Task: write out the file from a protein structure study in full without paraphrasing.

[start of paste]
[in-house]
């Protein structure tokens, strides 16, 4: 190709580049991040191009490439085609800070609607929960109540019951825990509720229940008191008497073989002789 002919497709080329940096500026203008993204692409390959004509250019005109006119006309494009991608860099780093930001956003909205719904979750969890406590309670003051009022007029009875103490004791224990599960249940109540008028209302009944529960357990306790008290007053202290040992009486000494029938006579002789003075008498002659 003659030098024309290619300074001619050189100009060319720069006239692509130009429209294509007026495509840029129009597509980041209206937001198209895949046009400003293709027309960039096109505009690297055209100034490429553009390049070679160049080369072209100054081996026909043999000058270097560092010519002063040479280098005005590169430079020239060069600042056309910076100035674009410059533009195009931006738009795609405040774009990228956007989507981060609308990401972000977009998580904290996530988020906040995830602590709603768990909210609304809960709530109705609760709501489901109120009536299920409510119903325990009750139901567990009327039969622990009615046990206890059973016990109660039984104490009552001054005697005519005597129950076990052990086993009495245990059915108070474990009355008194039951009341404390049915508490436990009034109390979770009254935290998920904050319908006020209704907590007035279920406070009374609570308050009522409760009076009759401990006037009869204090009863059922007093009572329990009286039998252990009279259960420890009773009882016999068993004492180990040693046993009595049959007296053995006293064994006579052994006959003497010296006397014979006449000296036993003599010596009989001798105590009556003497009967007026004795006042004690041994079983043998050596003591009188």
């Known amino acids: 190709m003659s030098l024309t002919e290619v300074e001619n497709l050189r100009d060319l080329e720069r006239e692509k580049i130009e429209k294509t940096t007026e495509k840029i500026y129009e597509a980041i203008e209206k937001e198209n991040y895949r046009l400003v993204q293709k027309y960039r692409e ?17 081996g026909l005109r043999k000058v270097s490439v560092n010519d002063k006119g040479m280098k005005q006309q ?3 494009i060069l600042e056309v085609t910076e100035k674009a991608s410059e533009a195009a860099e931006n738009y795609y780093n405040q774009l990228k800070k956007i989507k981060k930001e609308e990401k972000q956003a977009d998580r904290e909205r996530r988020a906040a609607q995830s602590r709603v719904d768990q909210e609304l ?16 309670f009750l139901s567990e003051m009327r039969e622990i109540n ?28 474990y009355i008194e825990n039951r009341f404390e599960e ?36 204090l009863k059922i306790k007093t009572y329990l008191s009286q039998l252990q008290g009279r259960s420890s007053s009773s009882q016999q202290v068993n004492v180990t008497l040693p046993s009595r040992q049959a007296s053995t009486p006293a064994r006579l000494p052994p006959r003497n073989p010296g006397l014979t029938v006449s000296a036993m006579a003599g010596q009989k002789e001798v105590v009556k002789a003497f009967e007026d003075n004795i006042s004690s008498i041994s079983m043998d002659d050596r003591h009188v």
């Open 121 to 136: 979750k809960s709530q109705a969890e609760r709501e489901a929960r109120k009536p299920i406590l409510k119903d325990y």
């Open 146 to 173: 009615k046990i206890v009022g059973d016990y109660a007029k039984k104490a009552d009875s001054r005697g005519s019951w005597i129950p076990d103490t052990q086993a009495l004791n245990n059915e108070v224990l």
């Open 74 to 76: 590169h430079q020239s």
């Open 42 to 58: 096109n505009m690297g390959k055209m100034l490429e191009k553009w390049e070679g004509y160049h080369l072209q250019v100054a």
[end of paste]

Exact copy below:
[in-house]
């Protein structure tokens, strides 16, 4: 190709580049991040191009490439085609800070609607929960109540019951825990509720229940008191008497073989002789 002919497709080329940096500026203008993204692409390959004509250019005109006119006309494009991608860099780093930001956003909205719904979750969890406590309670003051009022007029009875103490004791224990599960249940109540008028209302009944529960357990306790008290007053202290040992009486000494029938006579002789003075008498002659 003659030098024309290619300074001619050189100009060319720069006239692509130009429209294509007026495509840029129009597509980041209206937001198209895949046009400003293709027309960039096109505009690297055209100034490429553009390049070679160049080369072209100054081996026909043999000058270097560092010519002063040479280098005005590169430079020239060069600042056309910076100035674009410059533009195009931006738009795609405040774009990228956007989507981060609308990401972000977009998580904290996530988020906040995830602590709603768990909210609304809960709530109705609760709501489901109120009536299920409510119903325990009750139901567990009327039969622990009615046990206890059973016990109660039984104490009552001054005697005519005597129950076990052990086993009495245990059915108070474990009355008194039951009341404390049915508490436990009034109390979770009254935290998920904050319908006020209704907590007035279920406070009374609570308050009522409760009076009759401990006037009869204090009863059922007093009572329990009286039998252990009279259960420890009773009882016999068993004492180990040693046993009595049959007296053995006293064994006579052994006959003497010296006397014979006449000296036993003599010596009989001798105590009556003497009967007026004795006042004690041994079983043998050596003591009188």
């Known amino acids: 190709m003659s030098l024309t002919e290619v300074e001619n497709l050189r100009d060319l080329e720069r006239e692509k580049i130009e429209k294509t940096t007026e495509k840029i500026y129009e597509a980041i203008e209206k937001e198209n991040y895949r046009l400003v993204q293709k027309y960039r692409e ?17 081996g026909l005109r043999k000058v270097s490439v560092n010519d002063k006119g040479m280098k005005q006309q ?3 494009i060069l600042e056309v085609t910076e100035k674009a991608s410059e533009a195009a860099e931006n738009y795609y780093n405040q774009l990228k800070k956007i989507k981060k930001e609308e990401k972000q956003a977009d998580r904290e909205r996530r988020a906040a609607q995830s602590r709603v719904d768990q909210e609304l ?16 309670f009750l139901s567990e003051m009327r039969e622990i109540n ?28 474990y009355i008194e825990n039951r009341f404390e599960e ?36 204090l009863k059922i306790k007093t009572y329990l008191s009286q039998l252990q008290g009279r259960s420890s007053s009773s009882q016999q202290v068993n004492v180990t008497l040693p046993s009595r040992q049959a007296s053995t009486p006293a064994r006579l000494p052994p006959r003497n073989p010296g006397l014979t029938v006449s000296a036993m006579a003599g010596q009989k002789e001798v105590v009556k002789a003497f009967e007026d003075n004795i006042s004690s008498i041994s079983m043998d002659d050596r003591h009188v």
């Open 121 to 136: 979750k809960s709530q109705a969890e609760r709501e489901a929960r109120k009536p299920i406590l409510k119903d325990y």
């Open 146 to 173: 009615k046990i206890v009022g059973d016990y109660a007029k039984k104490a009552d009875s001054r005697g005519s019951w005597i129950p076990d103490t052990q086993a009495l004791n245990n059915e108070v224990l």
């Open 74 to 76: 590169h430079q020239s």
């Open 42 to 58: 096109n505009m690297g390959k055209m100034l490429e191009k553009w390049e070679g004509y160049h080369l072209q250019v100054a």